Tuesday, March 12, 2013

Our Polyelaioi (Chandeliers)

Back in December, I had a post about Pres. Pelagia cleaning one of the two large chandeliers we have in the center of our main parish church. The one she is cleaning in the photo above probably dates to the 1960s or 70s, while the one to the right dates to about the 1860s or 70s. According to our local expert, it probably came from Rostov, Russia, and constitutes, as far as he knows, the oldest polyelaios (chandelier) in our region.

This is it in the photo above. As you can tell, it needed some work. Obviously, it predates electricity and operated originally with oil lamps (hence the Greek name, polyelaios, which means, literally, something like "much oil"). One of our faithful parishioners, an electrician, remembers being on the crew that retrofitted the chandelier for electricity in 1959. Until then, because it is so difficult and impractical to take it down, it seems that it was regularly cleaned by simply bringing in a hose and spraying it down. The water was then mopped off the church's tile floors.

My friend, Fr. Dn. Riginos, came in late January to take down this old chandelier for cleaning and repair. It took hours to get it down and separated into manageable pieces. Above and below are what the glass pieces looked like before cleaning.

We also found this much smaller chandelier, which has a similar design, in the attached side chapel to St. Anthony. Our idea was to clean and repair this one and put it in the place of the much larger glass one Pres. Pelagia cleaned.

Here is Fr. Riginos and his koumbaros Ioannis taking down the glass one. Fr. Riginos is, fittingly, standing in the raised ambon from which the deacon reads the gospel. It dates from the building of the church in 1791 and is quite small.

Our faithful electrician, who was the one who remembered helping retrofit the chandelier for electricity in 1959, came to finish hooking up the newly cleaned and repaired chandelier, which among many improvements, had the cords running through the inside rather than on the outside.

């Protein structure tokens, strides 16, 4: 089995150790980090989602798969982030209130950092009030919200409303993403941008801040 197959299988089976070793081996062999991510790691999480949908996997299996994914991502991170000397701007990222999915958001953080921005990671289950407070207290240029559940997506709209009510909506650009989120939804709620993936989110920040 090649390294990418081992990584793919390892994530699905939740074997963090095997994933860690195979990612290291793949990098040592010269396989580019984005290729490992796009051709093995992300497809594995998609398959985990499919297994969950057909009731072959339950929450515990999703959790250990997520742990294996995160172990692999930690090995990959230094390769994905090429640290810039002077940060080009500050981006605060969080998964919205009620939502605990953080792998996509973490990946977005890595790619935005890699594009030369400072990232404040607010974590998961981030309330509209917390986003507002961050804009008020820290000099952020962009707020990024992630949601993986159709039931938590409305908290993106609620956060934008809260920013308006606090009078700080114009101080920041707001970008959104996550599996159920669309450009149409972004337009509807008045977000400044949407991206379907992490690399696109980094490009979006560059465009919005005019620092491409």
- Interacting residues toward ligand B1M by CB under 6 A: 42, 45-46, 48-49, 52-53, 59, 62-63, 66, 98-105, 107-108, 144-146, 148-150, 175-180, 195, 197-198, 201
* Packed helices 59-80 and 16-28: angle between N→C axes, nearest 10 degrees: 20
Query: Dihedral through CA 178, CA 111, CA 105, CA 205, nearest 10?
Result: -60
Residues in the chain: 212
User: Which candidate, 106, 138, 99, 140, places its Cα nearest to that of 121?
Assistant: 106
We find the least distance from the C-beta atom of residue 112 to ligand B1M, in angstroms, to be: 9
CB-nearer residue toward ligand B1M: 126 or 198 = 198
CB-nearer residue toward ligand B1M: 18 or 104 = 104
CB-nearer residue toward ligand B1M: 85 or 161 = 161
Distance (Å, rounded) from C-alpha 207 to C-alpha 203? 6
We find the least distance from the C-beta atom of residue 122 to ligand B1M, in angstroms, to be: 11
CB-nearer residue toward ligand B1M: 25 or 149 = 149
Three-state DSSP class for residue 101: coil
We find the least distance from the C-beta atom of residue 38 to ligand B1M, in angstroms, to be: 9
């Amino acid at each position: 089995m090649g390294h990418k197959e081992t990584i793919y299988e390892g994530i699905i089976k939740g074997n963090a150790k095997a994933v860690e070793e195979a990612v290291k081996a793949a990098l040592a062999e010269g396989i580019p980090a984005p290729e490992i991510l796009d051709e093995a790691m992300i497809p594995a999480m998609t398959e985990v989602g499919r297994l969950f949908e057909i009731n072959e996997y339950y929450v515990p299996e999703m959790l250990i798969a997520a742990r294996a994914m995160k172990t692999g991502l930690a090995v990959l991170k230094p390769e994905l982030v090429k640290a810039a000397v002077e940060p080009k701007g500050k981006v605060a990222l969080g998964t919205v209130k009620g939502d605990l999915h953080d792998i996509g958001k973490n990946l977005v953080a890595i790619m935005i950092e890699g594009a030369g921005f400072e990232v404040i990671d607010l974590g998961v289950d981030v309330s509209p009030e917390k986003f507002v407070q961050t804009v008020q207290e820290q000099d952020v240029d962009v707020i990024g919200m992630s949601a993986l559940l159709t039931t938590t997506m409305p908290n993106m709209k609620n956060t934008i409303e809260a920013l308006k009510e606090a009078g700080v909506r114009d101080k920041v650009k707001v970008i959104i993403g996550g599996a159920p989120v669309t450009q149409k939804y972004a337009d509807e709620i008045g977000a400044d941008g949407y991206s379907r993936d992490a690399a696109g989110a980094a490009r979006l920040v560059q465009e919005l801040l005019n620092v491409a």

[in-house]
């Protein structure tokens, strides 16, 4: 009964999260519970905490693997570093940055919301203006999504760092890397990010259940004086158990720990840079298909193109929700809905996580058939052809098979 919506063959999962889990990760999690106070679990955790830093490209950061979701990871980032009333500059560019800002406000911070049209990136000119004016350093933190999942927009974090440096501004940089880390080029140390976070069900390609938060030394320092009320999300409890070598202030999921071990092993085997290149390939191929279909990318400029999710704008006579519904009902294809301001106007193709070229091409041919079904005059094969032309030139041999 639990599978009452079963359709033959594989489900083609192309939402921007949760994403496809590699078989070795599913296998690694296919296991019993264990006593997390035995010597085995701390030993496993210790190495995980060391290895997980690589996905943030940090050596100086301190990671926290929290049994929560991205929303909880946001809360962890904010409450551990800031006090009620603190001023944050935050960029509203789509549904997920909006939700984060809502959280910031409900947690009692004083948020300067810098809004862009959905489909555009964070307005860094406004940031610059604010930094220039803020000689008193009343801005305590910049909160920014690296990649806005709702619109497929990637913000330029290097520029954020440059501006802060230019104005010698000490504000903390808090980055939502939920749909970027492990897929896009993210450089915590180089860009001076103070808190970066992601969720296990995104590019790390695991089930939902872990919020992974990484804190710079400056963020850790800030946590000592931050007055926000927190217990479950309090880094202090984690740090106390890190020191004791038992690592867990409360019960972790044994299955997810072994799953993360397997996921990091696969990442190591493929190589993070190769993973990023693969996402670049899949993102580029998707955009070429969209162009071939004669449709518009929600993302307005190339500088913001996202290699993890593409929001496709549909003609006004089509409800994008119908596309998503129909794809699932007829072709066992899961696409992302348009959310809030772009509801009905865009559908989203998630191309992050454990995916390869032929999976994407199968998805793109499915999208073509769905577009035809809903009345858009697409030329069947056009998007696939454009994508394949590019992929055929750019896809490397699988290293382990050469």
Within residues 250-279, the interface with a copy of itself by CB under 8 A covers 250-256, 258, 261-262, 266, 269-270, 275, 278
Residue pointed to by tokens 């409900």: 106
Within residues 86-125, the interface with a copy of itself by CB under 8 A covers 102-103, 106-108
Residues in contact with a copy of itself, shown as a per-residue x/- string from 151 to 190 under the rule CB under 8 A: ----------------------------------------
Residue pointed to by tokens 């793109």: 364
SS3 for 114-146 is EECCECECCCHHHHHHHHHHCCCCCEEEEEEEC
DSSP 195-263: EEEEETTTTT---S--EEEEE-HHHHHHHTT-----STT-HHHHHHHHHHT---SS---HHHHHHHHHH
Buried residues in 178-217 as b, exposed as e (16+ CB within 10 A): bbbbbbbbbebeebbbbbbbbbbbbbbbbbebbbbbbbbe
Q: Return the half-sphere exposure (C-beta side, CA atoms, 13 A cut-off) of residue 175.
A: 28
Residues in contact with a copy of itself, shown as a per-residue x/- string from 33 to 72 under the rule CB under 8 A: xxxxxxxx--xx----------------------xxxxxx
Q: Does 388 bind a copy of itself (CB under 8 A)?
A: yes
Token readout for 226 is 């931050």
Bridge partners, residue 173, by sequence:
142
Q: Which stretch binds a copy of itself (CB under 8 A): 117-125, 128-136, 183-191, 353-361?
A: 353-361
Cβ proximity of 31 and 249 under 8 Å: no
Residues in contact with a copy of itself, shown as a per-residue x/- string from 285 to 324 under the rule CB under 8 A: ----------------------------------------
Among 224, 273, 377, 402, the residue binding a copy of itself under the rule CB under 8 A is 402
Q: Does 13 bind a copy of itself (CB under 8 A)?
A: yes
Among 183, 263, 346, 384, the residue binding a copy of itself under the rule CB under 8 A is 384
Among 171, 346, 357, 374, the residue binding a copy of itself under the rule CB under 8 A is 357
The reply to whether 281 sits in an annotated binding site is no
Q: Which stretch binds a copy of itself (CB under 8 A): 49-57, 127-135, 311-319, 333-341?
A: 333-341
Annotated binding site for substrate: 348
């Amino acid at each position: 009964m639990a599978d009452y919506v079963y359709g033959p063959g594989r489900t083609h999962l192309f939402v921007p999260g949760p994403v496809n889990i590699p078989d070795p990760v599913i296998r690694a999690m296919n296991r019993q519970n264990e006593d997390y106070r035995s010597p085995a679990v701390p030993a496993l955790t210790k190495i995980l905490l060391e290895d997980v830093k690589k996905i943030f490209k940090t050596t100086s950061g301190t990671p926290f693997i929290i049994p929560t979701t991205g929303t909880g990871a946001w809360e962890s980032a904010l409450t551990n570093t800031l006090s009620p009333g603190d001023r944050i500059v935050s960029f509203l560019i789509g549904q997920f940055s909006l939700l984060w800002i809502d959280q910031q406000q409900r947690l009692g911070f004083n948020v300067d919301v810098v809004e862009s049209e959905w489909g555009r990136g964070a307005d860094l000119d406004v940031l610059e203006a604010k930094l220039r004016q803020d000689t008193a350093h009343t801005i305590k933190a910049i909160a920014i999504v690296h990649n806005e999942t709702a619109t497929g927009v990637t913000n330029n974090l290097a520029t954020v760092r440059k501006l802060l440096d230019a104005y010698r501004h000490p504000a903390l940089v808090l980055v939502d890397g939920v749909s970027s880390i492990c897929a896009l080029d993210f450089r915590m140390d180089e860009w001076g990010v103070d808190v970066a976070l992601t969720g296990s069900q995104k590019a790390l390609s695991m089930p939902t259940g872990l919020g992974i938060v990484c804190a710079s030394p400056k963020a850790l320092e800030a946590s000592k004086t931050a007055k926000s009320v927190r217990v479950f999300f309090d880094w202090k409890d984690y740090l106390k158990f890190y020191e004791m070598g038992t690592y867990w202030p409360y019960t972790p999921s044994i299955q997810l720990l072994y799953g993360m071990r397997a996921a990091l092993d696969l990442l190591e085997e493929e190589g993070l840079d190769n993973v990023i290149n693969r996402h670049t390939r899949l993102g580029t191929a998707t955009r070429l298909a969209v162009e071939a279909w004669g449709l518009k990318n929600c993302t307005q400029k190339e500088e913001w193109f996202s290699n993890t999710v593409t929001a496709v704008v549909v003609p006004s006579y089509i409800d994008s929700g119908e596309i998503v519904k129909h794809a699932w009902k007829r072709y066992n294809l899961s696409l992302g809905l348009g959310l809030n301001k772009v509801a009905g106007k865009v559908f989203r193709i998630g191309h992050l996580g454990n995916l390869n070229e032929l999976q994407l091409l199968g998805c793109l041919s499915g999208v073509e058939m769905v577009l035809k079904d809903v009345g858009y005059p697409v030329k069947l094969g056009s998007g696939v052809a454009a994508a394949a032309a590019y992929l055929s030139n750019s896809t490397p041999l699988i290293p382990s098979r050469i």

Here is my friend Nikos, one of our epitropoi (church wardens), putting in the light bulbs.

Here is a photo of both chandeliers from the back of the church. You can see the smaller one in the foreground. The rather unique blue, red, and white strings of glass decorations (strung together by silver wire) were distributed between the two so as to make them match even more.

A closer shot of the large polyelaios. The photos don't do it justice. There is an amazing difference between then and now.

The whole project cost 1250 euros. For a point of reference, the basic monthly salary in Greece is now 500 euros (for those fortunate few who have jobs). Thanks be to God, one parishioner donated nearly 500 euros for the project, and another woman donated 200 euros to get us started. I made an appeal on the first Sunday after the chandelier went for cleaning, and this last Sunday after it returned, and we raised 140 euros that way. So we're well on our way, and we hope to undertake other badly needed projects as well, such as cleaning the smoke residue off the murals on the walls (1000 euros), and replacing the icons of the Holy Unmercenaries above the west and south outside entrances (300 euros each, or 1000 euros each for mosaics).

Although it is a difficult time in Greece, the people still care for the beauty and upkeep of their holy churches.

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